E-Waste (electronic waste), also known as "brown goods," refers to electronic equipment that is no longer usable or wanted. It encompasses a broad and growing range of electronic devices, including computers, office equipment, televisions (TVs), cellular phones and personal stereos (but not including some household appliances). We refer to these items as "escrap", which can be recycled rather than dumped into the landfill.
Today, when an electronic item breaks or becomes outdated, it is often perceived to be more cost-effective to discard it and replace it with a new, more modern item instead of having it repaired. With technology advancing at an increasing rate, this trend will only increase, and more and more "escrap" could fill up our landfills.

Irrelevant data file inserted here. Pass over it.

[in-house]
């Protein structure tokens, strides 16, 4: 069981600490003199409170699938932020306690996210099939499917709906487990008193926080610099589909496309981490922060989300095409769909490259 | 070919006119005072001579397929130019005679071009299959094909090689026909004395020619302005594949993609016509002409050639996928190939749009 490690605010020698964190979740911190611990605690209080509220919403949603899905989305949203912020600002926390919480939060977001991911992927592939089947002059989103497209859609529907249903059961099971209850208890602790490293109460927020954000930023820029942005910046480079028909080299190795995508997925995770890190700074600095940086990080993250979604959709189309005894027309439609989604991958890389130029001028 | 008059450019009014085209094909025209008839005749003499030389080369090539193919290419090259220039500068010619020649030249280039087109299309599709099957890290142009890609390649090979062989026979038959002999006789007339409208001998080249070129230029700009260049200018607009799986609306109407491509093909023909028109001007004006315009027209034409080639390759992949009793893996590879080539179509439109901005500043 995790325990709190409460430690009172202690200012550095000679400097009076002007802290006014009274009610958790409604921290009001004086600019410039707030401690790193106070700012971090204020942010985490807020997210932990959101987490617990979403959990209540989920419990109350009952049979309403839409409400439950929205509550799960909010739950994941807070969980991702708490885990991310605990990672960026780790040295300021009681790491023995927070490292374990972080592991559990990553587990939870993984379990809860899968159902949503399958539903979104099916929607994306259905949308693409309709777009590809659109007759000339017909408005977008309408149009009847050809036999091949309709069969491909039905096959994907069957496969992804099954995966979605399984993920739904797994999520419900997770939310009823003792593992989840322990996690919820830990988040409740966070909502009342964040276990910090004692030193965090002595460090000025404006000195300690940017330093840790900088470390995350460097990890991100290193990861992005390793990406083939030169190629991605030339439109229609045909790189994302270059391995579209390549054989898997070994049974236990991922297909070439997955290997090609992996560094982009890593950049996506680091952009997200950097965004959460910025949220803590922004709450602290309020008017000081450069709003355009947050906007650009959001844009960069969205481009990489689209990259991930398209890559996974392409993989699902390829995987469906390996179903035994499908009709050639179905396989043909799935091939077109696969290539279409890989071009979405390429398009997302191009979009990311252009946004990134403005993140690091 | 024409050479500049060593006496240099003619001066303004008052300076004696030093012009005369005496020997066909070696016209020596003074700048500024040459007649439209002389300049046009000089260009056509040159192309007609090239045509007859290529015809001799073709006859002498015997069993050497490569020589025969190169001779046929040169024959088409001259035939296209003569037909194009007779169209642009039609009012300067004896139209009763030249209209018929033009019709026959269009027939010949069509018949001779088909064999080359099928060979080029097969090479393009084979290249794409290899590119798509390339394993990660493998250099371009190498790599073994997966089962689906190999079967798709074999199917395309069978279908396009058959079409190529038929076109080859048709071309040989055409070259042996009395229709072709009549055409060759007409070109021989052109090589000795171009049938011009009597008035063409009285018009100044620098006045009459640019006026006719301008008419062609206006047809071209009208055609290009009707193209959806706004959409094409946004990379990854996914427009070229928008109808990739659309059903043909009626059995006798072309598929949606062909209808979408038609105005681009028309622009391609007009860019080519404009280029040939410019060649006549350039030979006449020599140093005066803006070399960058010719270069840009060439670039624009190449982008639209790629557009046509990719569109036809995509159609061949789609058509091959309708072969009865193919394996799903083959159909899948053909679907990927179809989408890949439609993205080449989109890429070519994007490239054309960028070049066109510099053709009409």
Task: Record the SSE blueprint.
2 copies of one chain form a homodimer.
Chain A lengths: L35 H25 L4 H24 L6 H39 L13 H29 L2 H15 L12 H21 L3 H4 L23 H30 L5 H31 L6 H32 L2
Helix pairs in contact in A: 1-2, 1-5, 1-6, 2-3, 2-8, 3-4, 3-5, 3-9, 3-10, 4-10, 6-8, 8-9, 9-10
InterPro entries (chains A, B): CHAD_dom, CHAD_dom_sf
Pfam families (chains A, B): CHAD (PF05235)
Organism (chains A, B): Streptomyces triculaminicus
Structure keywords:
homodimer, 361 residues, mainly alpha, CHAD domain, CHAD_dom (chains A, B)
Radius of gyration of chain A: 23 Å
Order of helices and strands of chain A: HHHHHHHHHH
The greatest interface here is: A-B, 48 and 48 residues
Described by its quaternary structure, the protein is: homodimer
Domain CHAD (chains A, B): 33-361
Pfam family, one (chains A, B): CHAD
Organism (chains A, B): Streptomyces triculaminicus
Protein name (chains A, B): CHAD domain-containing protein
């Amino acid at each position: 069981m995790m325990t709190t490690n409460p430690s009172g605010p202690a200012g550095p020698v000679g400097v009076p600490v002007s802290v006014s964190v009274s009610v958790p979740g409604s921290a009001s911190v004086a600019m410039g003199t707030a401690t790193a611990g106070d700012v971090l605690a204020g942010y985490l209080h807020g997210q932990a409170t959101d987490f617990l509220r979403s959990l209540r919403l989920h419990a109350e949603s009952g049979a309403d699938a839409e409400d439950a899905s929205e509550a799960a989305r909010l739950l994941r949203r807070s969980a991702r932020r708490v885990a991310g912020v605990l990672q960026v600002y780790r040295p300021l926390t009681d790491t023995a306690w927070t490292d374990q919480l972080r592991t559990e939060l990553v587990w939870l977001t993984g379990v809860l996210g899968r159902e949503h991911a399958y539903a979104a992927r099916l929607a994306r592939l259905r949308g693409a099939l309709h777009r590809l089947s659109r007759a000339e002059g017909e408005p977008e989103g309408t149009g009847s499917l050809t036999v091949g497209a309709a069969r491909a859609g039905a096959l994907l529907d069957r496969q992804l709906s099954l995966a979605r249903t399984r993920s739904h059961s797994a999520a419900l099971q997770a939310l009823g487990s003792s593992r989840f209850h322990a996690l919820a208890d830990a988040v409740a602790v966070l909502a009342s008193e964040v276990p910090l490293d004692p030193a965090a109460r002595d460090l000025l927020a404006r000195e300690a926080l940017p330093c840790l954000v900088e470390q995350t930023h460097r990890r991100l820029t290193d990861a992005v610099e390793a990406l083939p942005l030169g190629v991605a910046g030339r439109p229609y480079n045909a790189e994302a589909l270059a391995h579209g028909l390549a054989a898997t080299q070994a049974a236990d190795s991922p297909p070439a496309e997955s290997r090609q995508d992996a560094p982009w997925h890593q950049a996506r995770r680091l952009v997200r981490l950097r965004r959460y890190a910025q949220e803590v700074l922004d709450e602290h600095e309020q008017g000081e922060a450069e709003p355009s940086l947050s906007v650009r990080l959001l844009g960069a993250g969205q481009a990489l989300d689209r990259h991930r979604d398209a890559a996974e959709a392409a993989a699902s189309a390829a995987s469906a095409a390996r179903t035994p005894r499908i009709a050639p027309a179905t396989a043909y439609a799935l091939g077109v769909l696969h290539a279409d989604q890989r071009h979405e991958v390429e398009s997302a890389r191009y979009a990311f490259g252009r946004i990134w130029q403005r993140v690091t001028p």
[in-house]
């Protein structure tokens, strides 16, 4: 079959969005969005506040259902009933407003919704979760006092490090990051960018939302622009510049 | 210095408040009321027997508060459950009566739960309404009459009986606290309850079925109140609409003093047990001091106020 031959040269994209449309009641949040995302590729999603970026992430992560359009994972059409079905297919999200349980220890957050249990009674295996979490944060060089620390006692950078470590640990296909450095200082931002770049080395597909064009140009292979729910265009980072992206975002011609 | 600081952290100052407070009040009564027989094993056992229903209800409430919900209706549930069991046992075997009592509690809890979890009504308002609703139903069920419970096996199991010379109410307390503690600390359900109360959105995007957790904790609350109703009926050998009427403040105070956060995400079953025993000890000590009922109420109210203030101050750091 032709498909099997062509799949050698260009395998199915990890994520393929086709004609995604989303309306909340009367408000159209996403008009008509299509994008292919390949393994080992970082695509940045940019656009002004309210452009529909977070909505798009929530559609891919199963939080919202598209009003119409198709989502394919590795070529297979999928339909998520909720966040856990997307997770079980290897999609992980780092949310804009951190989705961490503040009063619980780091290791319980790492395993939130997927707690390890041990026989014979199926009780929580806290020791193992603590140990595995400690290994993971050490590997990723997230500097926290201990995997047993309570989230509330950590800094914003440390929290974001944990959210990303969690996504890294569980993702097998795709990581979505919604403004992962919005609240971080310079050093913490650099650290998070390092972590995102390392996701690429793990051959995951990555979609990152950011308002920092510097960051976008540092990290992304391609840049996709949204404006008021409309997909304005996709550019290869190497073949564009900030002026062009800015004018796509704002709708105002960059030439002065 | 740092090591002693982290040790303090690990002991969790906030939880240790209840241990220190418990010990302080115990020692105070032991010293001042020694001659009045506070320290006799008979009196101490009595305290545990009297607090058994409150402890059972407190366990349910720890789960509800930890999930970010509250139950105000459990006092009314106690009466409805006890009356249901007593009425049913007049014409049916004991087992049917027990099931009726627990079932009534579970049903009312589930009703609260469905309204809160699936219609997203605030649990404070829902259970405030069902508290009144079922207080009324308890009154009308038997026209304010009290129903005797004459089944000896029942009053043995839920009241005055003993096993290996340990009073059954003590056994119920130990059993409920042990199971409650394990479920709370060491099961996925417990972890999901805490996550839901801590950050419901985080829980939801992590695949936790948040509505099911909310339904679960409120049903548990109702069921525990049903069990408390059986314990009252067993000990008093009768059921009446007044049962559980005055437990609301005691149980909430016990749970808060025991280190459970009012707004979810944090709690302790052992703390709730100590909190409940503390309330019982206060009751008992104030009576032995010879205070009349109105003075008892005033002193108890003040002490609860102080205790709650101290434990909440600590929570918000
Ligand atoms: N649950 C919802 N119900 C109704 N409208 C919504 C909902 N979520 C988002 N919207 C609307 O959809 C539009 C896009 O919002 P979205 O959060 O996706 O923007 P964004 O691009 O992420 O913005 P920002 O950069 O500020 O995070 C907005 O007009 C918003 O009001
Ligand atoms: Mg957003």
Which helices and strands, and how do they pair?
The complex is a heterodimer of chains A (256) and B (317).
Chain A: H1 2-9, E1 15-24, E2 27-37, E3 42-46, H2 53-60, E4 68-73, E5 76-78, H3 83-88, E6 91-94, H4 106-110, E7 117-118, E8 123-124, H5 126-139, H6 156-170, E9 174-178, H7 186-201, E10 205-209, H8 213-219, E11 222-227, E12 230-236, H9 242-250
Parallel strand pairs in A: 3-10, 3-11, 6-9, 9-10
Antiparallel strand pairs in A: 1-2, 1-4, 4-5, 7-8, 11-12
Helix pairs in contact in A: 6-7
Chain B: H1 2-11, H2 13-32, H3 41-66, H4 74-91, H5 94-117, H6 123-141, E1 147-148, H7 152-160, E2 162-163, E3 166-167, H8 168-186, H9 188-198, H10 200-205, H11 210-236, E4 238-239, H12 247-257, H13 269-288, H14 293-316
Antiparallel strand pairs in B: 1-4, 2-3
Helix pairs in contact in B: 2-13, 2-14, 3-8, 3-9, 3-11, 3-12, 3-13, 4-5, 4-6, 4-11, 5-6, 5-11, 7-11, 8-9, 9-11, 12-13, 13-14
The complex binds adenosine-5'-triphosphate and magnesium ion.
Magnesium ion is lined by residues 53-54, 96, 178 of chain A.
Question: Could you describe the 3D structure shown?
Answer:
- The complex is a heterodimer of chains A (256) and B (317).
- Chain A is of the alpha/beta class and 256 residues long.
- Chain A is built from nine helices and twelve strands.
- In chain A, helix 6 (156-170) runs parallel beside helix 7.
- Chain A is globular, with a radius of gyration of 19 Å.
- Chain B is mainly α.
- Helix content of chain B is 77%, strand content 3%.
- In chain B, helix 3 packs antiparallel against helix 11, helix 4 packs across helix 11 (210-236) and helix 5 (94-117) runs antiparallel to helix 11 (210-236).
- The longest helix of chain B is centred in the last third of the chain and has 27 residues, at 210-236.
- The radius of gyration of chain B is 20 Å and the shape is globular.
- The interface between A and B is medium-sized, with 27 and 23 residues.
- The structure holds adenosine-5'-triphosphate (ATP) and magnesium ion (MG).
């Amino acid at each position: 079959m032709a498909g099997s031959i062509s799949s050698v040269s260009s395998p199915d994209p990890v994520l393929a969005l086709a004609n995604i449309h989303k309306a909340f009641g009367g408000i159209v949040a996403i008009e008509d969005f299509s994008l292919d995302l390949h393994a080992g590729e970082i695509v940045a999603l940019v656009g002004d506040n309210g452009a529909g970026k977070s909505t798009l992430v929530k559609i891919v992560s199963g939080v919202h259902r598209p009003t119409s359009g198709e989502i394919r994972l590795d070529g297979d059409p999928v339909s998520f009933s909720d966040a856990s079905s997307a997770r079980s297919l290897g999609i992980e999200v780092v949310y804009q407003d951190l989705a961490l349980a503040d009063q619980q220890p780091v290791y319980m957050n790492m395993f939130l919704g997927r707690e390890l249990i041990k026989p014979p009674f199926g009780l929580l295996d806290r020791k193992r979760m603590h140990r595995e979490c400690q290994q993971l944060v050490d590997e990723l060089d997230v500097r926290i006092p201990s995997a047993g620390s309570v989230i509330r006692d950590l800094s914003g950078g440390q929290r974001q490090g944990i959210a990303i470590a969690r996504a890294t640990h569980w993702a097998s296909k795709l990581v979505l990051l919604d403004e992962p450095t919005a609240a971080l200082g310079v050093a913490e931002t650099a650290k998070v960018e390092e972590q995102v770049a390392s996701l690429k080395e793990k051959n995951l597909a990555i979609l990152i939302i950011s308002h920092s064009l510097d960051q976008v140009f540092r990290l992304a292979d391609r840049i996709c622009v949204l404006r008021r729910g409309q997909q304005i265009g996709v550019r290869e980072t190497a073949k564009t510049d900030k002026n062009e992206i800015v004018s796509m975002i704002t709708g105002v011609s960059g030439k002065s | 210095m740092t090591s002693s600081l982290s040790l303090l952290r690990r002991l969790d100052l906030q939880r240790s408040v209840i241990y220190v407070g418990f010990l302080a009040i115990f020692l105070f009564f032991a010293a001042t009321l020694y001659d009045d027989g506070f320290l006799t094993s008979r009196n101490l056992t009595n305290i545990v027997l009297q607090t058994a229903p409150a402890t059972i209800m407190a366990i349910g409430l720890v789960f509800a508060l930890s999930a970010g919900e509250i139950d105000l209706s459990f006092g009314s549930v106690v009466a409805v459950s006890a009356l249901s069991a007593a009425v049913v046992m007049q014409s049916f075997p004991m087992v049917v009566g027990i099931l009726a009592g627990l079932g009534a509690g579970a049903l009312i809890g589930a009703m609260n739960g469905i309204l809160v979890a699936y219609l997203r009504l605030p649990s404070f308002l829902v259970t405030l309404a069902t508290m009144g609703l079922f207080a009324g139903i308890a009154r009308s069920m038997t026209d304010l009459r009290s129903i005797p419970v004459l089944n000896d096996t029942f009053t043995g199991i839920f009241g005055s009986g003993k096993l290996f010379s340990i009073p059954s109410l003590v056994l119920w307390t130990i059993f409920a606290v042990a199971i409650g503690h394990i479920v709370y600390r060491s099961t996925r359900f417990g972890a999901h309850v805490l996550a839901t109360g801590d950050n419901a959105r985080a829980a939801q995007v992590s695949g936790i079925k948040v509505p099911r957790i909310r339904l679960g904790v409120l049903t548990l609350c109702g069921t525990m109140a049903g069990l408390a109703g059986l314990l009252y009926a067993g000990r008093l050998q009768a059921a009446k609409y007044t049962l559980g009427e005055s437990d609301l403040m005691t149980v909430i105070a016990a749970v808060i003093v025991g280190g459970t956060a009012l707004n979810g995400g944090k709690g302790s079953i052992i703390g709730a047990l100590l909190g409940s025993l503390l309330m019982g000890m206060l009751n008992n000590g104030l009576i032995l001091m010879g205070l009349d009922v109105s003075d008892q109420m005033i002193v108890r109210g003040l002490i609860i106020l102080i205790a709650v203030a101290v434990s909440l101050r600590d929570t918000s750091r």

Kentucky statutes prohibit the landfilling of computer scrap (particulary CRTs and Leaded Glass) for businesses.
Any electronic device that contains a circuit board has the potential to exceed the TCLP limit for hazardous materials (TCLP is Toxicity Characteristic Leaching Procedure). If you dispose of materials that can fail the TCLP, then you may be required by the EPA to register as a hazardous waste generator.
- Approximately 220 million tons of E-Waste is generated annually in the U.S.
- The average life span of a computer today is two years.
- Consumers have, on average, two or three obsolete computers in their garages, closets or storage spaces.
- According to the EPA, the volume of E-Waste is rising 3-5 percent each year – almost three times faster than the municipal waste stream.
- Don’t fall victim to identity theft due to improper disposal of your old computers. Properly dispose of your equipment in an environmentally friendly manner.
- Health Insurance Portability and Accountability Act (HIPAA)
- The Fair And Accurate Credit Transactions Act (FACTA)
- Gramm-Leach-Bliley Act
- Completely destroy your hard drive and receive a Document of Destruction.